From Waitomo, we hopped back onto the daily InterCity bus, which took us south through beautiful countryside and small towns that looked like they were straight out of an NZ version of a Western.
Our bus left us within reach of Tongariro National Park in a village rather vaguely named ‘National Park’ and we settled into our accommodation, a simple cabin that had everything we needed except one glaring omission: firewood. We could have purchased some ourselves, but we were far too stubborn so we spent our remaining budget on a bottle of red wine and kept warm that way instead! In any case, having a volcano at the end of the road more than made up for our slightly chilly accommodation.
The following morning, we caught the 8am shuttle into the park ready for our day’s tramping (NZ lingo for hiking). We were a bit apprehensive as we had a 17.6 km hike ahead and the afternoon forecast was looking a little soggy, but for now the weather was utterly stunning. As we sped along the road on the approach to the National Park, with volcanos looming and the sun shining, it suddenly hit me that NOW we were in NZ! We’d been in the country for nearly a week already, but as much as Auckland and Waitomo had been a great start, they didn’t quite have the big-sky, outdoorsy vibe that I’d dreamed of before coming here. This was why we’d come, and we were feeling pretty excited to be here.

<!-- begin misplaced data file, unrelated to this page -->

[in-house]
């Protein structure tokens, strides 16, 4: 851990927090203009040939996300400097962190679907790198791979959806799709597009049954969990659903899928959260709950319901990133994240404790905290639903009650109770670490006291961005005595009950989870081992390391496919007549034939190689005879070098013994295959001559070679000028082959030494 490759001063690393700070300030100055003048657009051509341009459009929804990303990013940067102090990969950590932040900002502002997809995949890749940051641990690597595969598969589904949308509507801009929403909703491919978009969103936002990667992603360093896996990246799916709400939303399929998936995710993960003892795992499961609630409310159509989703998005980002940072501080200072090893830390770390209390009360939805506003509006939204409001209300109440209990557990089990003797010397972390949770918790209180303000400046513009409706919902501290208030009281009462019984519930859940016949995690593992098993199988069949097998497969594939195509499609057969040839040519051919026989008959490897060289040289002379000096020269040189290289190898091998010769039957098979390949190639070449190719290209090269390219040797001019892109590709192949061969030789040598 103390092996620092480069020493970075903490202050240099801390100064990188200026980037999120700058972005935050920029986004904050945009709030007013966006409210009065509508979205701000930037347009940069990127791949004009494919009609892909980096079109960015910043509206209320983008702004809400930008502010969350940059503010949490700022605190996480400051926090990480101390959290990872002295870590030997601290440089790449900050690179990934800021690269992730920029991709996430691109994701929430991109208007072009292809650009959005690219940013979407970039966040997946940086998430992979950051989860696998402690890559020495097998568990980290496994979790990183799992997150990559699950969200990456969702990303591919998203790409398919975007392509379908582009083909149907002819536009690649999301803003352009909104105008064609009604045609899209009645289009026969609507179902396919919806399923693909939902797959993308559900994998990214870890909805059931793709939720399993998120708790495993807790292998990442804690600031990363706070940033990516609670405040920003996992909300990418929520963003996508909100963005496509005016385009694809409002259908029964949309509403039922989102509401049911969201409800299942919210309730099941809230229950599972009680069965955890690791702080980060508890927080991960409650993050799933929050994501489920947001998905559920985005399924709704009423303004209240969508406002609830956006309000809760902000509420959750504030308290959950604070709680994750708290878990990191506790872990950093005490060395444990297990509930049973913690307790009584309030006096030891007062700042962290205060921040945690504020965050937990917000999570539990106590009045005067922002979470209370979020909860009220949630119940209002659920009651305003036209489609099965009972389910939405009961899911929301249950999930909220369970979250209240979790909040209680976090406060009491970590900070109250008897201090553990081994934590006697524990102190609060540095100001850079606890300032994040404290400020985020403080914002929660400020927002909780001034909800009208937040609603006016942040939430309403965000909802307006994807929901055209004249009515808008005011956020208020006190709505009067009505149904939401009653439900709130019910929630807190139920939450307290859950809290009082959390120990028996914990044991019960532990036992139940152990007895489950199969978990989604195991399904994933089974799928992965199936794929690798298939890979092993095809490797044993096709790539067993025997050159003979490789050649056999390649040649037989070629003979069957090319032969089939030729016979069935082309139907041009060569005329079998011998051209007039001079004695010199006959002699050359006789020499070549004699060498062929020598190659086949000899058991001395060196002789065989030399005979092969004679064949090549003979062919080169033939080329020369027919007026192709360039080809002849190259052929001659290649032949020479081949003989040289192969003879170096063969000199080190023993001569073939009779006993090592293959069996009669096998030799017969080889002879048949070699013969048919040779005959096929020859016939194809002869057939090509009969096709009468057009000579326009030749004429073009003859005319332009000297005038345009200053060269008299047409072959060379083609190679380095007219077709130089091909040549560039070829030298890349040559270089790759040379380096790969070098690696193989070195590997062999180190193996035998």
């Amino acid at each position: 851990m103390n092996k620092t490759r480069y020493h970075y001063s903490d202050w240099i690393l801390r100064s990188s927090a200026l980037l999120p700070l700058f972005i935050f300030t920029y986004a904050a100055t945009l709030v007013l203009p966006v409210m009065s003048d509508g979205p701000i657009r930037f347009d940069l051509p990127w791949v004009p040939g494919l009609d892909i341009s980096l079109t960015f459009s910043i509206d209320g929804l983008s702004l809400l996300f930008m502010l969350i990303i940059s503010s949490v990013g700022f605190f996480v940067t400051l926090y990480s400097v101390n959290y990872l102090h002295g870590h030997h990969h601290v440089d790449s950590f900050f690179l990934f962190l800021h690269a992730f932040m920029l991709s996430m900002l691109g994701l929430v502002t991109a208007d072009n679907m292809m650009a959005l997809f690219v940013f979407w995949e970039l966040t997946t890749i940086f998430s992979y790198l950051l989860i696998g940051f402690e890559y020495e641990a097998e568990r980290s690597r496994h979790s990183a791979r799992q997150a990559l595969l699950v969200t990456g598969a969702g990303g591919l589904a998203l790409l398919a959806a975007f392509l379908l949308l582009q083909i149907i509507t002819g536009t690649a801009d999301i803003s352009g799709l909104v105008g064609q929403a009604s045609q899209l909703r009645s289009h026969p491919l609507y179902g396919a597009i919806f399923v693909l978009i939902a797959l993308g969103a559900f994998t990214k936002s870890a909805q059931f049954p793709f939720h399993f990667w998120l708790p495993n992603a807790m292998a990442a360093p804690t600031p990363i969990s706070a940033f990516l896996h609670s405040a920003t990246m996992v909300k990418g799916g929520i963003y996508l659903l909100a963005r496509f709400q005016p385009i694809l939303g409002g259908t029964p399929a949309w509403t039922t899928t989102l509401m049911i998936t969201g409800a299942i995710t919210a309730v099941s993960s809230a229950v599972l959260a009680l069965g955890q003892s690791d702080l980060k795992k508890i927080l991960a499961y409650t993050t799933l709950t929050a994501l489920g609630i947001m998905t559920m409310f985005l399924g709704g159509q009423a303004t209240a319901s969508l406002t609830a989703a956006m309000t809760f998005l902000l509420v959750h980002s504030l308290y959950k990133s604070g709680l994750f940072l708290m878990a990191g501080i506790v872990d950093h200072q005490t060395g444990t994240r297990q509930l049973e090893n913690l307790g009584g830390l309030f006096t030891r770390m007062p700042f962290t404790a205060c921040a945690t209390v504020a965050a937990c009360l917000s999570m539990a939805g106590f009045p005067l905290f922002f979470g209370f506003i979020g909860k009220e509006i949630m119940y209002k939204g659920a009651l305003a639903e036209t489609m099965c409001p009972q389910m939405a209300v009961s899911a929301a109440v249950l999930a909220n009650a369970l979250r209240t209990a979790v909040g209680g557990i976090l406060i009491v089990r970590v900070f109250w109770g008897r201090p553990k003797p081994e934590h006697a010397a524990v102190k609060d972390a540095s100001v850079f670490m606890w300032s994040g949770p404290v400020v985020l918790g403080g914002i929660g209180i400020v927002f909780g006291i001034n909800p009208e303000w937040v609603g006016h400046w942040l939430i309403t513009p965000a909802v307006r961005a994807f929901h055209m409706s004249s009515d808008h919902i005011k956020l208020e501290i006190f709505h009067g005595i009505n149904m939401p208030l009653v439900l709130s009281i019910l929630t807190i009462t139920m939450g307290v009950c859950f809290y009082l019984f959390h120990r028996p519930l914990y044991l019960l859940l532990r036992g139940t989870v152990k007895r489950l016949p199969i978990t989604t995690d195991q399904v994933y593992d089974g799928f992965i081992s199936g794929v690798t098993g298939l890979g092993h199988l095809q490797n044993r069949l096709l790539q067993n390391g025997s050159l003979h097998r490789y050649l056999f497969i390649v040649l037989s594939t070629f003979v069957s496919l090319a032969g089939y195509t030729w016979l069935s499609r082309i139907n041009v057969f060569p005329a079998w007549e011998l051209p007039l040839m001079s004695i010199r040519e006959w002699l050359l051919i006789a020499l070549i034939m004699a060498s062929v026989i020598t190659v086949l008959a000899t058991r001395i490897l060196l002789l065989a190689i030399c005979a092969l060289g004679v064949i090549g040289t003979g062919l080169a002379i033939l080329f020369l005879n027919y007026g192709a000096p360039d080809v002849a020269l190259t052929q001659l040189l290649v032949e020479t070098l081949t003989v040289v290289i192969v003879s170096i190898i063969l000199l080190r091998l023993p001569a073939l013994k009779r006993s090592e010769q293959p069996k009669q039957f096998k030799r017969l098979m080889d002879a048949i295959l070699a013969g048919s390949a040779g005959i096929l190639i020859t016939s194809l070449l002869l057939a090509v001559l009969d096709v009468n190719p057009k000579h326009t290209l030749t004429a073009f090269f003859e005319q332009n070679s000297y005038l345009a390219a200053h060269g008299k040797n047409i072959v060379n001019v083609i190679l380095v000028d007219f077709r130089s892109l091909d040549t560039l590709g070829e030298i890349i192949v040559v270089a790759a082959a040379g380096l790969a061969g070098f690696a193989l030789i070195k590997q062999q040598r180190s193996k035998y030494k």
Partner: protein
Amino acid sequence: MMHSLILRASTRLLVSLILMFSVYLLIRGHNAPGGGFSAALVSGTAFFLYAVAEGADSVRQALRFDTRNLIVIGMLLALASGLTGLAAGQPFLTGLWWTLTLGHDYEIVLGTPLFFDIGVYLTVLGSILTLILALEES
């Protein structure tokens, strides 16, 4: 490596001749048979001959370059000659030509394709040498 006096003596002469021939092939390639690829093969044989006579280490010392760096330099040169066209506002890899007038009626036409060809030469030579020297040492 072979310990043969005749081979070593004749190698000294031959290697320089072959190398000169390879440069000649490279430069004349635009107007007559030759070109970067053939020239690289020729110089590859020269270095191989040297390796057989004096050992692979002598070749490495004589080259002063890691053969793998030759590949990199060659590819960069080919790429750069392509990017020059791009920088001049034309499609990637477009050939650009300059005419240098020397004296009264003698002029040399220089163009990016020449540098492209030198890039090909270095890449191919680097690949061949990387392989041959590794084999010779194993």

The park’s most famous hike is the Tongariro Alpine Crossing, a demanding day hike that ascends to a saddle between Mount Tongariro and Mount Ngauruhoe, passes two craters and several emerald crater lakes before descending again. We wanted to hike this, but we’d read enough warnings about the need for alpine experience and ice equipment at this time of year that we decided we’d best play it safe. Instead, we chose the Tama Lakes hike, which was only a little shorter but had 340 m elevation gain compared to the Crossing’s 1,196 m elevation gain. This turned out to be a great choice – we met very few people (whereas apparently the Crossing has up to 3,000 people per day!) and saw some spectacular scenery in exchange for relatively little climbing.
We began the hike in alpine woodland on a path running next to a river and before long reached a pretty waterfall where we had the first of our snacks.
Then we began our ascent, when the views really opened up and we had views of all three active volcanos that sit within the park. At times, the open heathland reminded us of Scotland (apart from that the sun was shining, obviously!). We’d read online that this was an ‘advanced’ route, but the paths were incredibly well-maintained, so progress was much easier than we were expecting. Then again, conditions are everything, and we were fortunate to have sunshine and blue skies.
After a couple of hours, we reached Lower Tama lake, which sits in an old explosion crater from the nearby volancos.
We’d provisionally planned to turn around here, but we knew that another 30 minutes’ climbing would bring us to Upper Tama lake and we just couldn’t resist. It was definitely worth the climb and it gave us a bit of ‘proper’ walking off the manicured footpaths and boardwalks on some loose scree and an exposed ridge.